Forest floor: when microbes fight over food

forest floor

There’s a lot going on in the leaf litter of the forest. © Markus Novak/ iStock

Envy for food ensures order in the forest: The complex steps in the process of leaf decomposition are taken over by millions of different microbes on the forest floor. Recent studies have now shown that the distribution of tasks among these decomposers takes place through strong competition for the best and fastest adaptation to the decomposition functions – and this is not always peaceful.

Microorganisms are crucial factors in the forest ecosystem: they cannot be seen with the naked eye, as they colonize the forest floor by the millions and decompose fallen leaves, dead plants and dead wood. In this way, they bring important organic components such as carbon back into the forest cycle and preserve the quality of the forest soil. But how do the microbes divide up the various tasks involved in breaking down foliage? Do the different microbial communities work together or do they compete with each other?

A mixture of molecules brings light into darkness

Simon Schroeter from the Max Planck Institute for Biogeochemistry in Jena and his colleagues have now taken a closer look at the interaction of the decomposer communities during decomposition. To do this, they analyzed samples of dissolved organic matter – a complex mixture of the molecules of the foliage layer and natural substances from the environment. Since this material also contains components of the microorganisms, the chemical analysis also provides information about the active microbial metabolism in the material – and thus about the role of the microbes in decomposing leaves.

The researchers examined more than 6000 molecules that were found in dissolved organic substances in the leaf litter of beech, oak, pine and grass litter. They took the samples from two different locations in Thuringia and Brandenburg. “Although the exact structure of the individual molecules was still largely unknown to us, we were able to group them according to their possible origin using a network analysis,” reports Schroeter. The groups of molecules found in this way could then be assigned to the various metabolic pathways using microbiological databases.

Elbow tactics on the forest floor

The results reveal an astonishing connection: Apparently, the distribution of tasks does not depend on who is better able to take on which function. This is because the microbial communities, be they fungi or bacteria, all have similar requirements for decomposition and are able to perform the same functions. It is much more about who can adapt best and fastest to the overall situation and who is assertive.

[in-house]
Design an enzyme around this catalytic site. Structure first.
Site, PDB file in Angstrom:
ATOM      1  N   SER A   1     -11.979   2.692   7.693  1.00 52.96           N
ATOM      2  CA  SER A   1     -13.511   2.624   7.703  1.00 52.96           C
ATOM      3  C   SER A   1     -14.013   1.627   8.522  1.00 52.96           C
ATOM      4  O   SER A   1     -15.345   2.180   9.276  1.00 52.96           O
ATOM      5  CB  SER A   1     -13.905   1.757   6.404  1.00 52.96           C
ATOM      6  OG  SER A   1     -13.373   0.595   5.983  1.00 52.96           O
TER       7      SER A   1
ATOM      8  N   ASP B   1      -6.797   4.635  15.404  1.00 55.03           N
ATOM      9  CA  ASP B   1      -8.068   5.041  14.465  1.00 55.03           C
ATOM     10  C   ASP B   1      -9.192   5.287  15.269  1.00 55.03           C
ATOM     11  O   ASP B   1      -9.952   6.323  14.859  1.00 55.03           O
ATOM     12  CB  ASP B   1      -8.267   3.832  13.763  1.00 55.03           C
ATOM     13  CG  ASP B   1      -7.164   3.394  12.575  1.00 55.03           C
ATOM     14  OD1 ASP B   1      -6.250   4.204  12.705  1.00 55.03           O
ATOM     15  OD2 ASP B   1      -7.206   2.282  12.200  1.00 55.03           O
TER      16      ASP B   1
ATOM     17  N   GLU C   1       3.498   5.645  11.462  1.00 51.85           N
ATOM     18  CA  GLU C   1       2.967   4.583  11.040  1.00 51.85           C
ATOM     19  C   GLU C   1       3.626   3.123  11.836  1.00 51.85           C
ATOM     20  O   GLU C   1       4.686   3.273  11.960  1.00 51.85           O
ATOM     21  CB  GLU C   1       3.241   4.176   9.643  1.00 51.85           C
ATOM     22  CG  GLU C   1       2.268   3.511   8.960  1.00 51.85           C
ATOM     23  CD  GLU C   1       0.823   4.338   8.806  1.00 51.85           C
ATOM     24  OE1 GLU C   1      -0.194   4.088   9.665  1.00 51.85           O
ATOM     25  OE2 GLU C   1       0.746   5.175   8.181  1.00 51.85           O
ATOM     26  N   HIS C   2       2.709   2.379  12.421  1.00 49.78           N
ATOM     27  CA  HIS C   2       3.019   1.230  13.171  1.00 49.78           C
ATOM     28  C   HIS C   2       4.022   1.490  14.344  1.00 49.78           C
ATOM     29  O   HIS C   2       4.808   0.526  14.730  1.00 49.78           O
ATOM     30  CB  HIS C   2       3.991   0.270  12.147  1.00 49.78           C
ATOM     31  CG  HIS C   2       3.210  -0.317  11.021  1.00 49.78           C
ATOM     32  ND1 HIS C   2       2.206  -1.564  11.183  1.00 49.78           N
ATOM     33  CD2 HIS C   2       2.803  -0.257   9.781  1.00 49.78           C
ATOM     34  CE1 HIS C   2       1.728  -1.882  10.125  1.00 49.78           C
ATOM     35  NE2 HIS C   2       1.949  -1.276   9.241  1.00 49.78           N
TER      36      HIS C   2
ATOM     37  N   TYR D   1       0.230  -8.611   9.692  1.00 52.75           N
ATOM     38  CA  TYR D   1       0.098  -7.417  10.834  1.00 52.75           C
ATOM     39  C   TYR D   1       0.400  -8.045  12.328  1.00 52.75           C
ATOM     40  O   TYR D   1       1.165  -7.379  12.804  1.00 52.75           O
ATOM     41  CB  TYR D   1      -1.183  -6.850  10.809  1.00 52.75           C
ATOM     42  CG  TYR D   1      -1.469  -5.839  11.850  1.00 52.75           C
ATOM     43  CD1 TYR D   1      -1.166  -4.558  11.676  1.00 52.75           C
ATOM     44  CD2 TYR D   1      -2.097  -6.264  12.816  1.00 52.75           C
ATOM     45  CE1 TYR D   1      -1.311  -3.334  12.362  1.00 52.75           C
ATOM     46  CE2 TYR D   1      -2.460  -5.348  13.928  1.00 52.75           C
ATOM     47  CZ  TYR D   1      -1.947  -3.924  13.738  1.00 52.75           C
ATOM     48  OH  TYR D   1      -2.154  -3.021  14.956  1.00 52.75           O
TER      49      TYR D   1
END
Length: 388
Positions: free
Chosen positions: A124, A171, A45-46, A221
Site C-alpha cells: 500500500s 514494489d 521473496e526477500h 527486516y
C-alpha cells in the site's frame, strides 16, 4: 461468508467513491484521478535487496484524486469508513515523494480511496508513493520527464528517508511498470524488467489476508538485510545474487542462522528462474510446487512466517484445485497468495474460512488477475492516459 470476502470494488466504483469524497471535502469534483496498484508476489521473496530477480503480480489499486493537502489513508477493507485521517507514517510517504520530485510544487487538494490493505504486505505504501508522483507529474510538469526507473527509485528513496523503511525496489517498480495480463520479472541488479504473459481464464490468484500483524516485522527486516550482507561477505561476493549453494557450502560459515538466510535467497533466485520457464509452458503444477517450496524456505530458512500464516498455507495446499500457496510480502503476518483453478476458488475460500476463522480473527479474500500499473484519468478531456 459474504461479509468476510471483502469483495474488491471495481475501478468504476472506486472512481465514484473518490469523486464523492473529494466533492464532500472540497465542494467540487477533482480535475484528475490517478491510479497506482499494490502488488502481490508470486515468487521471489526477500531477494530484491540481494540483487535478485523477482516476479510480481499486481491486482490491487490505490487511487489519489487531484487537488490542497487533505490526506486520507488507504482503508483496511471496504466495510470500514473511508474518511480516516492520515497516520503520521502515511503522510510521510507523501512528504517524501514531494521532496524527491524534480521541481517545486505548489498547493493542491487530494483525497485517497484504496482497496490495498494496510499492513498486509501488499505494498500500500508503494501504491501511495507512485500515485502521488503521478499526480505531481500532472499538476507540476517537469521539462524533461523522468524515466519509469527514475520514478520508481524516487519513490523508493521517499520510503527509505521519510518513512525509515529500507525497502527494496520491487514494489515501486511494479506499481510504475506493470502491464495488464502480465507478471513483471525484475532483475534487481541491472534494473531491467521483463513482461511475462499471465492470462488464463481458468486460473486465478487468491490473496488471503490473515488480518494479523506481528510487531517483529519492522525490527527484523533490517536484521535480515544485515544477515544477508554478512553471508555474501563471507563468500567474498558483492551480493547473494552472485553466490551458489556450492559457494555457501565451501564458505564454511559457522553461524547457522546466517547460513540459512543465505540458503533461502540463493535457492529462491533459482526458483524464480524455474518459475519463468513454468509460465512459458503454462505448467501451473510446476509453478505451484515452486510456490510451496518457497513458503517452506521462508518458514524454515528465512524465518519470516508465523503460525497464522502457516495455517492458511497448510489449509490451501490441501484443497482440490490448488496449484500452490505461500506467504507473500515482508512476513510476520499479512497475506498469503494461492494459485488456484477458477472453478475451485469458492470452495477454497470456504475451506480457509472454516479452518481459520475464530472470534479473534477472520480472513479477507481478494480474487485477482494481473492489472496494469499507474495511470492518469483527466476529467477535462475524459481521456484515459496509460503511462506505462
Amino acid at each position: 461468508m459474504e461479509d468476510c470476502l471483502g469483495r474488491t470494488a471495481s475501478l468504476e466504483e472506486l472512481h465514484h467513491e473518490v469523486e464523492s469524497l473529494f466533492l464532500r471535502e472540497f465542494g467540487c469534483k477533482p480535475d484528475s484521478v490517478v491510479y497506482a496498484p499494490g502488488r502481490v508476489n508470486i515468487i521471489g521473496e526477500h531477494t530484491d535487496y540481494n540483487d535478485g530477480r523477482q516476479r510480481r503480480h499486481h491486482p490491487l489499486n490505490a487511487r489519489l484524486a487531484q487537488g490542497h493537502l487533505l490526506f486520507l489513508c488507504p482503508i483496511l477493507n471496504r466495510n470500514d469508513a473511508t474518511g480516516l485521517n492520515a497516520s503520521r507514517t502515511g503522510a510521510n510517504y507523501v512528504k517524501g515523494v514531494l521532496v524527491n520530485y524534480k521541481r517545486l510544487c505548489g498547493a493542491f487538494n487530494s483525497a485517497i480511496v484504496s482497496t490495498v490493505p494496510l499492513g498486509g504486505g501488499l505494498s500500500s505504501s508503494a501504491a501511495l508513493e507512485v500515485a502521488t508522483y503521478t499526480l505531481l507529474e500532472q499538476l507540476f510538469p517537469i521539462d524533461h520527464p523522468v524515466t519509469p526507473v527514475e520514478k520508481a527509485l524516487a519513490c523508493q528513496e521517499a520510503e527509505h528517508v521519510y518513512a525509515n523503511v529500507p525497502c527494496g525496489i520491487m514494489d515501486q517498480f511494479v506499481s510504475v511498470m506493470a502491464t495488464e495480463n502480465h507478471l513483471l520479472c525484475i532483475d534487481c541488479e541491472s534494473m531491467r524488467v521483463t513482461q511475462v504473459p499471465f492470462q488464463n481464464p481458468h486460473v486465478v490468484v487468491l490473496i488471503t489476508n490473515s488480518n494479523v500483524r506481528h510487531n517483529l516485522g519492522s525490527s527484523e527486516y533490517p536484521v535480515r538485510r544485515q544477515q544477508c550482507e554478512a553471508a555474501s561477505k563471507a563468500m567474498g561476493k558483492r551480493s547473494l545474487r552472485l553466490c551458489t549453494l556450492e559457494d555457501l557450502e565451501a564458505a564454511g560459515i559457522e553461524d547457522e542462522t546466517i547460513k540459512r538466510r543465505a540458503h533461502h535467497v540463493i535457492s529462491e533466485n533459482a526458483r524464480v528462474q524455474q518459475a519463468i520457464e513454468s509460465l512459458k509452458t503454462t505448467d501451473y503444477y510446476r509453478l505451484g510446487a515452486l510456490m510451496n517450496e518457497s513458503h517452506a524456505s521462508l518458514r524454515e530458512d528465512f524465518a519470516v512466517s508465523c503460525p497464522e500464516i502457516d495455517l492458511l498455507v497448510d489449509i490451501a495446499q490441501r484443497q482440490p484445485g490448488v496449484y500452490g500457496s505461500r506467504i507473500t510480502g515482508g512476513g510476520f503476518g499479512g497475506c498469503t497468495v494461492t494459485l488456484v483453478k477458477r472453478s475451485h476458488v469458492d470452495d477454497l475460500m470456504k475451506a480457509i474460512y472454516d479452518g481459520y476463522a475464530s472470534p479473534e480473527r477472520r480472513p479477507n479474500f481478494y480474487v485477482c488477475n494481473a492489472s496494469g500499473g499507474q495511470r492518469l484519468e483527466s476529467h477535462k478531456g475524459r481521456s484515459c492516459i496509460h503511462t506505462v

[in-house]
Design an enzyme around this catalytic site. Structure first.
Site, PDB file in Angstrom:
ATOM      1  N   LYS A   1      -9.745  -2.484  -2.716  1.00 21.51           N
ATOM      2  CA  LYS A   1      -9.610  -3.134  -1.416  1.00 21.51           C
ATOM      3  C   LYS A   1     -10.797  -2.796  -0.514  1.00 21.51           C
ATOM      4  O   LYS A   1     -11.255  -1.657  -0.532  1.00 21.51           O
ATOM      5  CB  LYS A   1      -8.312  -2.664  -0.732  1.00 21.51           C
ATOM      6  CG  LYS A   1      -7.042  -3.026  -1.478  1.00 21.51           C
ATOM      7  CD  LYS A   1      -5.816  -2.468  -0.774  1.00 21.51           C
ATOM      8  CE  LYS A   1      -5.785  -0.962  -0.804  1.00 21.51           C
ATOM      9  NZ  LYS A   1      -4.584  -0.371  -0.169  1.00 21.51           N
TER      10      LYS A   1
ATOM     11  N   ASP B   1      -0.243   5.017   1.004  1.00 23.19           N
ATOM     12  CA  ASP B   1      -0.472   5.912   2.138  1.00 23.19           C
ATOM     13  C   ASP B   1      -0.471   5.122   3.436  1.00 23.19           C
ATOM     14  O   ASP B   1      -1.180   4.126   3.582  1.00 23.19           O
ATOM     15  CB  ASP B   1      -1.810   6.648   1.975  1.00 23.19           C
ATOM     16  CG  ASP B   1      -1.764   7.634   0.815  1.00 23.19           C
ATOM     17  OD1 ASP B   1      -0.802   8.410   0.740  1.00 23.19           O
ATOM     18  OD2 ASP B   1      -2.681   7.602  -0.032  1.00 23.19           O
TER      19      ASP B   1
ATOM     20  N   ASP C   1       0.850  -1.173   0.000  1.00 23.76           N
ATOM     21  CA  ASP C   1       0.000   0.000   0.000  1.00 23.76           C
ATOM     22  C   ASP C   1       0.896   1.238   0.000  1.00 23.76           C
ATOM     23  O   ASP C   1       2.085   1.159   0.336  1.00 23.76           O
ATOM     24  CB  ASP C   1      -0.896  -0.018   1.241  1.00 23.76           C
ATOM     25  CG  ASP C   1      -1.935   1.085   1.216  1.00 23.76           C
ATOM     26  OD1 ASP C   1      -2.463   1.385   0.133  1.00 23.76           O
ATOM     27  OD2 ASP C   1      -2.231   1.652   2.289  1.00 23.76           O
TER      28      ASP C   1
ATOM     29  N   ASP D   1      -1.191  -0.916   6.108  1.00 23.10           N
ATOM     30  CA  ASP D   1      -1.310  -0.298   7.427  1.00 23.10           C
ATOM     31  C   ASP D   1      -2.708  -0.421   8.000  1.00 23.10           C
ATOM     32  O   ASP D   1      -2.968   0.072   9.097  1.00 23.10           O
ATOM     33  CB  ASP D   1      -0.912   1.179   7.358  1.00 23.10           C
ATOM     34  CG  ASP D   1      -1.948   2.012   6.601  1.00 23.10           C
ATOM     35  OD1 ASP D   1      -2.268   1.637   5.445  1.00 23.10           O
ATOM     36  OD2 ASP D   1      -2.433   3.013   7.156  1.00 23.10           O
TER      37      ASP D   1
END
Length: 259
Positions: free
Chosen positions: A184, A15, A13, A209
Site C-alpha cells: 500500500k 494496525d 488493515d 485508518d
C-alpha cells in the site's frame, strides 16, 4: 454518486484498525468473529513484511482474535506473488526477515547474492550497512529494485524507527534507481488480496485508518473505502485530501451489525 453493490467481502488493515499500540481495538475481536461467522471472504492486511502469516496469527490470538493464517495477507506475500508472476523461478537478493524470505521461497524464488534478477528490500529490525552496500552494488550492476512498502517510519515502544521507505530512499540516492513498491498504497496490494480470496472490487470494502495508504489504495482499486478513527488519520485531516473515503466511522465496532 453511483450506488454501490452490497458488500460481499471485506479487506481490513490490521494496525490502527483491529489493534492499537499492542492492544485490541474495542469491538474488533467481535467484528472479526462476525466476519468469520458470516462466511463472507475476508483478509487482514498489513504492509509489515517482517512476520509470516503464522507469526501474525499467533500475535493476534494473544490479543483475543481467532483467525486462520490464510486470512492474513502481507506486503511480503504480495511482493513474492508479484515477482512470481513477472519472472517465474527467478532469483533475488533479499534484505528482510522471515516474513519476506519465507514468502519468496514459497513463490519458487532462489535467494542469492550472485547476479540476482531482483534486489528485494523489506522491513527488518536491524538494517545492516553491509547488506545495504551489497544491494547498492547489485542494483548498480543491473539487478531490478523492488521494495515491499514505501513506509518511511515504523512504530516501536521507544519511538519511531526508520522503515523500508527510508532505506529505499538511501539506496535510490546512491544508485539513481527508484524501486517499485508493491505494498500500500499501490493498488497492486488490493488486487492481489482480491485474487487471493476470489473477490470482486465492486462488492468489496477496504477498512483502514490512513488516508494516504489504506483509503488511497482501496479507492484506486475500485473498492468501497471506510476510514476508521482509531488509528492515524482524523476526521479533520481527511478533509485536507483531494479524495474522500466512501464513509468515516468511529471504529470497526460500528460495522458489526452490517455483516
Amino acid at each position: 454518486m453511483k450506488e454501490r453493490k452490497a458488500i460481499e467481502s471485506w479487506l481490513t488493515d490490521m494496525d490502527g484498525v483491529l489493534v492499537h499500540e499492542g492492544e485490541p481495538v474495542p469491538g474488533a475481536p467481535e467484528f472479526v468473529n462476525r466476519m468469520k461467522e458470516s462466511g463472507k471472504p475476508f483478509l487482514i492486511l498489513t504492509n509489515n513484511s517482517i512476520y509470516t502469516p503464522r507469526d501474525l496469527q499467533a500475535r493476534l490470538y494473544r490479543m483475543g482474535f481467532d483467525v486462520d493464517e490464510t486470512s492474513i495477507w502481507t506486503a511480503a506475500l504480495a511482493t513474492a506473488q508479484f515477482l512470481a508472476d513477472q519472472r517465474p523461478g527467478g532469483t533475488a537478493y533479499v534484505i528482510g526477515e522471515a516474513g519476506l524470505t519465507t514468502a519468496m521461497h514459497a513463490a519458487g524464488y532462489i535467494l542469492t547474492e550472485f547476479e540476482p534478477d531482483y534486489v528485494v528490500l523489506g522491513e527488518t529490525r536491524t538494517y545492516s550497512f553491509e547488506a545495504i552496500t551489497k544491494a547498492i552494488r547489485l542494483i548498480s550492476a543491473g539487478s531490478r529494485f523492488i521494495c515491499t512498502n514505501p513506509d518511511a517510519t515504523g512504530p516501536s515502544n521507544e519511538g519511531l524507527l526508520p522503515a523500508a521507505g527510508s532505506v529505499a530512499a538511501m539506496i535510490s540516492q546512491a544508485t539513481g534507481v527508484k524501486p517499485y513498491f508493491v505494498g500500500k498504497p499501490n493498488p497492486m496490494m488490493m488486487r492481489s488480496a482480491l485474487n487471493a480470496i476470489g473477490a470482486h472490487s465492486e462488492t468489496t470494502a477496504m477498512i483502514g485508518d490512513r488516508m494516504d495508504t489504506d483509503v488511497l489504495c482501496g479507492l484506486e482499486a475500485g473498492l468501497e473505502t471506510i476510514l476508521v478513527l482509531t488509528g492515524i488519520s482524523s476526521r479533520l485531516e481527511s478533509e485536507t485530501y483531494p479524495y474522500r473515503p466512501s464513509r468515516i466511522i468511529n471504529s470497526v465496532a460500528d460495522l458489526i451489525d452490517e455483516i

“It seems to be much more important how much of the respective function can be fulfilled locally at any given time and how well the respective actors within the decomposition community are able to fulfill this task,” explain Schroeter and his colleagues. For example, once the first step in the decomposition of a dead leaf, the softening of the leaf surface, has been completed, the next step is to penetrate the leaf tissue and start further decomposition processes there. The researchers’ analyzes showed that the microbes can adapt to these different tasks within a few days.

However, when competing for the fastest adaptation to the new decomposition processes – and thus for the largest food supply – things are not always peaceful, as analyzes of the intermediate and end products of the microbial metabolism reveal. Accordingly, the microorganisms produce inhibiting and even deadly antibiotics with which they specifically weaken or eliminate their competitors. This gives them a strong competitive advantage in the competition for food supply.

Competition spurs on

The mutual elimination of decomposers does not sound very advantageous for the forest ecosystem at first glance. But Schroeter and his colleagues see this competition as a means of advancing and optimizing the adaptation of the microbial community. So the argument over food could be constructive and support those species whose skills are very well adapted to the food supply – and thus favor the species that are best for the forest floor and the ecosystem.

Source: Max Planck Institute for Biogeochemistry; Specialist article: Nature Portfolio, doi: 10.1038/s41598-022-11485-1

Recent Articles

Related Stories